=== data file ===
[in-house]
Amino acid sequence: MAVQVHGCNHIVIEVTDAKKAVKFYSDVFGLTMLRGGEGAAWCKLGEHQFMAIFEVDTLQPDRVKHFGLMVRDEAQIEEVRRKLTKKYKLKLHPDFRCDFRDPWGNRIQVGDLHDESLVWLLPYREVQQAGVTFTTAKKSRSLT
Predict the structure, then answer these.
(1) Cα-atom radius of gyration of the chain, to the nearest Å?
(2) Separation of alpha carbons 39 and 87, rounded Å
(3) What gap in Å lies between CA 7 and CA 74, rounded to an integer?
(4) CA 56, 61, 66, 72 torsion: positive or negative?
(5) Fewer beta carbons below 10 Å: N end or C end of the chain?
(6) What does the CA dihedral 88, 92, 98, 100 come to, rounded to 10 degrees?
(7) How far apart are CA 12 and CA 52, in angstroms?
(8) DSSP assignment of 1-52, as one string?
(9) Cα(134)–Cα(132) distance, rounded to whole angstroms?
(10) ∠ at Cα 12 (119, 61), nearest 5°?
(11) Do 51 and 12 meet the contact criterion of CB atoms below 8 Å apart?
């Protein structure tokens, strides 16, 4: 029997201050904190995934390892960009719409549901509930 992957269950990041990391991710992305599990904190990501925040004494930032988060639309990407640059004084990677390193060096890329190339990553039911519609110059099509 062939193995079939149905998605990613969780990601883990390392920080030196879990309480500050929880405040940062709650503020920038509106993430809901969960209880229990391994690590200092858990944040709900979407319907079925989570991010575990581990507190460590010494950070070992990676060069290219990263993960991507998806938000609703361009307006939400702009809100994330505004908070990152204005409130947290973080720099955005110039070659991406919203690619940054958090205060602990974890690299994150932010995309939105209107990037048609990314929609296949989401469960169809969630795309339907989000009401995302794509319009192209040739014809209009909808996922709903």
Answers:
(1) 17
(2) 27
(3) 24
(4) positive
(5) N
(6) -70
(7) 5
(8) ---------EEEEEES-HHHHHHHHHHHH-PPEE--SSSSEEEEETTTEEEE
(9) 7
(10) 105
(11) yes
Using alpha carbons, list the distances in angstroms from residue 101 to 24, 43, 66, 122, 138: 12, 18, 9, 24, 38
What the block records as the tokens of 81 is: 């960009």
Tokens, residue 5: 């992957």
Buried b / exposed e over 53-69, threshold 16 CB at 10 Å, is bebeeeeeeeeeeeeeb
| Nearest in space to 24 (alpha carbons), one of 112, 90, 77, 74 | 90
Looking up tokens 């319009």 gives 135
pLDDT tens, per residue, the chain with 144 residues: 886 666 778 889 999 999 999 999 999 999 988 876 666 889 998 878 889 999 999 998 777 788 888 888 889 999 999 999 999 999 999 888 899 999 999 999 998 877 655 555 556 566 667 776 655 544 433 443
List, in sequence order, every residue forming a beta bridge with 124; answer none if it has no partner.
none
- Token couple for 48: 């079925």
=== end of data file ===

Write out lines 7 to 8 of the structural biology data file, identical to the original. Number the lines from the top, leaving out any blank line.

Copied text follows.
(4) CA 56, 61, 66, 72 torsion: positive or negative?
(5) Fewer beta carbons below 10 Å: N end or C end of the chain?